In the short term, we have decided to start to invest in a few quick-win interventions so as to build momentum for sustained growth. These include the construction and rehabilitation of the communications and irrigation infrastructure, provision of adequate and proper use of agricultural inputs, putting in place agricultural financing systems, of the accelerated adoption of appropriate agricultural technologies and agro-processing to add value and to access both local and foreign markets. In view of the strong existing relationship between the environment and poverty, all these activities will take into consideration sustainable environmental protection and conservation policies.

Mr Chairman, The United Republic of Tanzania is endowed with substantial natural resources which include abundant arable land and water resources, a big livestock population, usually favourable weather conditions, a population of over 32 million people, and a leadership committed to bring about rapid economic transformation. However, we lack the financial resources required to translate this potentiality into agricultural production. We also need to put in place delivery systems that will ensure that farmers receive their requisite needs for production, and marketing systems that will ensure farmer remunerative returns to his output.

Under our reform programmes, the Government has diverted itself from direct involvement in production and commercial activities while promoting private sector participation. This policy has succeeded in revamping enterprises which were non-performing and now makes available local and foreign resources in the private sector, to the economy. The private sector, however, is still young and lacks resources, experience. It thus expertises strengthening.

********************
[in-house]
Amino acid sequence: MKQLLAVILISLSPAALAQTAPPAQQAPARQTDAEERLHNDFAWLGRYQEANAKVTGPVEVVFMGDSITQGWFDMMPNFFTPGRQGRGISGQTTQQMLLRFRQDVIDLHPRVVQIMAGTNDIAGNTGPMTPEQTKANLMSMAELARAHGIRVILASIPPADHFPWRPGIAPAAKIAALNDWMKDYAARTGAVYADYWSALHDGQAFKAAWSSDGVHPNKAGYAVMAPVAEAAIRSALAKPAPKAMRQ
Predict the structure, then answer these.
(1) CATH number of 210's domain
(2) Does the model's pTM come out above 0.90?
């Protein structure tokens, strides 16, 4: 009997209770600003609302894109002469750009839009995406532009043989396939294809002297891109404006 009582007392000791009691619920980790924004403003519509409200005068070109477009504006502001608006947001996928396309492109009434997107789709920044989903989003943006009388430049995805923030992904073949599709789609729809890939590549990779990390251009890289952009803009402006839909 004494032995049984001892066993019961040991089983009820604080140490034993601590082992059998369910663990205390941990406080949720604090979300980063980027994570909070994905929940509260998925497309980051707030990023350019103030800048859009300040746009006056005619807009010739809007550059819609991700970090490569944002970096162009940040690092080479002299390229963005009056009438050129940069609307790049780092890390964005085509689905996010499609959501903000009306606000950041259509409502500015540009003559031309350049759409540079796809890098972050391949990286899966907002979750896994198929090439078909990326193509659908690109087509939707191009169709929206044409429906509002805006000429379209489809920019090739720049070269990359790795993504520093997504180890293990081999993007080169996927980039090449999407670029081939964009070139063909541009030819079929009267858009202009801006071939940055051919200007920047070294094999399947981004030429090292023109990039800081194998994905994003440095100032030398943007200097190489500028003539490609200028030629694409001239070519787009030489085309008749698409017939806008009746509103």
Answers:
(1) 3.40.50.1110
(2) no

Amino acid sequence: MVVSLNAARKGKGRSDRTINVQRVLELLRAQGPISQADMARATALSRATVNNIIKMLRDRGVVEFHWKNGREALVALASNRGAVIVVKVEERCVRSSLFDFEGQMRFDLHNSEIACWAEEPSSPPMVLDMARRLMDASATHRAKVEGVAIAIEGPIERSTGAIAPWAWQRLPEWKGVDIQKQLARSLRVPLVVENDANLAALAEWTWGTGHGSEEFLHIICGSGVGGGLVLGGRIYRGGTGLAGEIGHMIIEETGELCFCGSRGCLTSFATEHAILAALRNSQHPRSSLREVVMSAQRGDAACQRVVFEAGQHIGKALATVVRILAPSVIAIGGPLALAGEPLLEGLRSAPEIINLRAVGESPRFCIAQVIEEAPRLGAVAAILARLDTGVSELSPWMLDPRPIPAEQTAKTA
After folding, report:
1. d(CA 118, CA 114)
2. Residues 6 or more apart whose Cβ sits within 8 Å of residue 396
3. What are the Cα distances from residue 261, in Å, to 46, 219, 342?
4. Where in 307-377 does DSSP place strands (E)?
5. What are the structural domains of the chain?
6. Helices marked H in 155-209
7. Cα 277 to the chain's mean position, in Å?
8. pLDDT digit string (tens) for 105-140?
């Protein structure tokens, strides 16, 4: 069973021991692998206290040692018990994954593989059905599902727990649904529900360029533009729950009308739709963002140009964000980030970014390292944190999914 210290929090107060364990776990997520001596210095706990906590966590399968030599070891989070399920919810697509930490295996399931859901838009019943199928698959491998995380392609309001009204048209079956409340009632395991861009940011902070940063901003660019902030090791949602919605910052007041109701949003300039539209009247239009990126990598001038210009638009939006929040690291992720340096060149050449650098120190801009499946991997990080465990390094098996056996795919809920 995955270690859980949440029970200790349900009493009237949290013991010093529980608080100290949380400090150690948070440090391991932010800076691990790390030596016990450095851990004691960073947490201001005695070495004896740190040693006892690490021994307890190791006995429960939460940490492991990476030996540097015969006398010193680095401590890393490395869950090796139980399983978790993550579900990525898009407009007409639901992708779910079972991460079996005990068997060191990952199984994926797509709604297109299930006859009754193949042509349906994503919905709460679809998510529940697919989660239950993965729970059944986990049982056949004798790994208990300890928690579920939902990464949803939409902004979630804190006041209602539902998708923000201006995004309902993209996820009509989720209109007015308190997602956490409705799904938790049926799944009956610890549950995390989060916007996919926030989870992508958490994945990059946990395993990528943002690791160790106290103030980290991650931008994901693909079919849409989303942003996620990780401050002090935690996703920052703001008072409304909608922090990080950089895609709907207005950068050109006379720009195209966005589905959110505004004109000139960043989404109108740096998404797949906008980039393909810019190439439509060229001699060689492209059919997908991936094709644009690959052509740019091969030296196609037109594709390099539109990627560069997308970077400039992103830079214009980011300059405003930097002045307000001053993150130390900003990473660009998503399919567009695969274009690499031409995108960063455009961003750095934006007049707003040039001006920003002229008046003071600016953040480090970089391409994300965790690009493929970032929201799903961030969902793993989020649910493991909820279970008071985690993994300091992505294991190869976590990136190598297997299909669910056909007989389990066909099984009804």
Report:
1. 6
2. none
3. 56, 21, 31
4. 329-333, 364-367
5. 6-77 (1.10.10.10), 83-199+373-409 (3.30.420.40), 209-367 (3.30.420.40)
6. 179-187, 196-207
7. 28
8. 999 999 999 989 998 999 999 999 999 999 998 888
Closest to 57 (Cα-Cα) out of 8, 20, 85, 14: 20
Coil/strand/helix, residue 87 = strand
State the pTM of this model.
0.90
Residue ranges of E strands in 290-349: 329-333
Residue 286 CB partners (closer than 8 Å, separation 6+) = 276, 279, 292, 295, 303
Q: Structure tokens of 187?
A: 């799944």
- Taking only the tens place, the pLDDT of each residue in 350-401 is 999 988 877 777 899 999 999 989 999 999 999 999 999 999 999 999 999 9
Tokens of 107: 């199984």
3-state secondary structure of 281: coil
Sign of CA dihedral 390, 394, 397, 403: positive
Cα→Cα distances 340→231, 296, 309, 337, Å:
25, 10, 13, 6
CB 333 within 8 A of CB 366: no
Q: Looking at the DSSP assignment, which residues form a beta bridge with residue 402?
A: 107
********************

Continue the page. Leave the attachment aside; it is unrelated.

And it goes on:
We could greatly increase the rate of growth in the United Republic of Tanzania. To do so we will need to do the following:

- putting in place systems which will ensure the farmer accessibility and proper use of agricultural inputs, including: high-yielding, pest and drought-resistant seeds, fertilizers, the use of animal power and farm machinery and pesticides.
- reducing reliance on rainfed agriculture by rehabilitating irrigation infrastructure, which was constructed in the past, and constructing new irrigation systems of various sizes.
- increasing investments in agriculture. Here, initiatives such as NEPAD, The Special Programme for Food Security and regional cooperation will increase local capacity to address constraints in agriculture, and thus promote for growth.
- establishing a system which will enable smallholder farmers and emerging farmers to have access to credits for agricultural investment.

If these interventions are undertaken, agricultural productivity could increase by as much as fivefold within a relatively short period of time.

We believe that it is possible to reduce food insecurity and poverty, and we have the natural resources with which to make this possible. The problem is lack of financial resources and unfair trading practices in the world, which deny the developing countries access and a level playing field in markets n developed countries. It can be done if each of us, and all of us together, play our parts.